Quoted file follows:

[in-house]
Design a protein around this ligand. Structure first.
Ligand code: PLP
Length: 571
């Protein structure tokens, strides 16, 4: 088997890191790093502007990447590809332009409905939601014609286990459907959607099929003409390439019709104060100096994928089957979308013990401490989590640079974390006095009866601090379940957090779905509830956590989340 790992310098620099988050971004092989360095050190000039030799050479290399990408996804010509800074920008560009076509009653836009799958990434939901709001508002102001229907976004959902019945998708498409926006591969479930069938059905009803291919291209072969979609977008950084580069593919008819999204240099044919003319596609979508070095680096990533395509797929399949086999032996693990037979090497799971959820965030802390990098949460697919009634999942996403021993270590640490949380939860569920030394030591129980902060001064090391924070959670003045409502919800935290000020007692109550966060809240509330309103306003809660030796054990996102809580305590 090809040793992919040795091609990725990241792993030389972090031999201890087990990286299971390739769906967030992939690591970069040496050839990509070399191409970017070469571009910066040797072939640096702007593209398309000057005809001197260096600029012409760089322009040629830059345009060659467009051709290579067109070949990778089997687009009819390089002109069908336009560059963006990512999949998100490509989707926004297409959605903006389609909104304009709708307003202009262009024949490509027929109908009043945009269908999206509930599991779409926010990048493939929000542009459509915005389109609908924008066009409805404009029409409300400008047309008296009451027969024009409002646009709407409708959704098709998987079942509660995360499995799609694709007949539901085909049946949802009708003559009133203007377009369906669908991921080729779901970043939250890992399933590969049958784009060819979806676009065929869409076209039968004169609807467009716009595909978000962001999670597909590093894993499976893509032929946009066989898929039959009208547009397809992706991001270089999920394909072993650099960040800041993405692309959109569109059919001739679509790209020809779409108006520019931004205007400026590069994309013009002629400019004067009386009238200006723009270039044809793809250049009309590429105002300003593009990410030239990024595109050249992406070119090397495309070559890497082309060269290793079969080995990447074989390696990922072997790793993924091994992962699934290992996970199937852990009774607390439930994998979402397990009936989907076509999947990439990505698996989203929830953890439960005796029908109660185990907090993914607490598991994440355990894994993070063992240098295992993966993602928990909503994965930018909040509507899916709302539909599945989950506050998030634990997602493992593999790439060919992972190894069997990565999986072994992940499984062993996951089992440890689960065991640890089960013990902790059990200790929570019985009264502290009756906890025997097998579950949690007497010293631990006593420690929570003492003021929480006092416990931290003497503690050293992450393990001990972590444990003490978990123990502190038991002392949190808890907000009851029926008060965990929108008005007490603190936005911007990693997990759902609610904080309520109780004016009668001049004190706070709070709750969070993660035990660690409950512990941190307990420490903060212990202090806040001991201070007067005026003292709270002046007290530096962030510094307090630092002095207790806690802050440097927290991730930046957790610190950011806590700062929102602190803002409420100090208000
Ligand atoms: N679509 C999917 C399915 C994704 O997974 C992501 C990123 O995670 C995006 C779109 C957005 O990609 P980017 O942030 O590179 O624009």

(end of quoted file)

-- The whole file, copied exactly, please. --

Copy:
[in-house]
Design a protein around this ligand. Structure first.
Ligand code: PLP
Length: 571
């Protein structure tokens, strides 16, 4: 088997890191790093502007990447590809332009409905939601014609286990459907959607099929003409390439019709104060100096994928089957979308013990401490989590640079974390006095009866601090379940957090779905509830956590989340 790992310098620099988050971004092989360095050190000039030799050479290399990408996804010509800074920008560009076509009653836009799958990434939901709001508002102001229907976004959902019945998708498409926006591969479930069938059905009803291919291209072969979609977008950084580069593919008819999204240099044919003319596609979508070095680096990533395509797929399949086999032996693990037979090497799971959820965030802390990098949460697919009634999942996403021993270590640490949380939860569920030394030591129980902060001064090391924070959670003045409502919800935290000020007692109550966060809240509330309103306003809660030796054990996102809580305590 090809040793992919040795091609990725990241792993030389972090031999201890087990990286299971390739769906967030992939690591970069040496050839990509070399191409970017070469571009910066040797072939640096702007593209398309000057005809001197260096600029012409760089322009040629830059345009060659467009051709290579067109070949990778089997687009009819390089002109069908336009560059963006990512999949998100490509989707926004297409959605903006389609909104304009709708307003202009262009024949490509027929109908009043945009269908999206509930599991779409926010990048493939929000542009459509915005389109609908924008066009409805404009029409409300400008047309008296009451027969024009409002646009709407409708959704098709998987079942509660995360499995799609694709007949539901085909049946949802009708003559009133203007377009369906669908991921080729779901970043939250890992399933590969049958784009060819979806676009065929869409076209039968004169609807467009716009595909978000962001999670597909590093894993499976893509032929946009066989898929039959009208547009397809992706991001270089999920394909072993650099960040800041993405692309959109569109059919001739679509790209020809779409108006520019931004205007400026590069994309013009002629400019004067009386009238200006723009270039044809793809250049009309590429105002300003593009990410030239990024595109050249992406070119090397495309070559890497082309060269290793079969080995990447074989390696990922072997790793993924091994992962699934290992996970199937852990009774607390439930994998979402397990009936989907076509999947990439990505698996989203929830953890439960005796029908109660185990907090993914607490598991994440355990894994993070063992240098295992993966993602928990909503994965930018909040509507899916709302539909599945989950506050998030634990997602493992593999790439060919992972190894069997990565999986072994992940499984062993996951089992440890689960065991640890089960013990902790059990200790929570019985009264502290009756906890025997097998579950949690007497010293631990006593420690929570003492003021929480006092416990931290003497503690050293992450393990001990972590444990003490978990123990502190038991002392949190808890907000009851029926008060965990929108008005007490603190936005911007990693997990759902609610904080309520109780004016009668001049004190706070709070709750969070993660035990660690409950512990941190307990420490903060212990202090806040001991201070007067005026003292709270002046007290530096962030510094307090630092002095207790806690802050440097927290991730930046957790610190950011806590700062929102602190803002409420100090208000
Ligand atoms: N679509 C999917 C399915 C994704 O997974 C992501 C990123 O995670 C995006 C779109 C957005 O990609 P980017 O942030 O590179 O624009």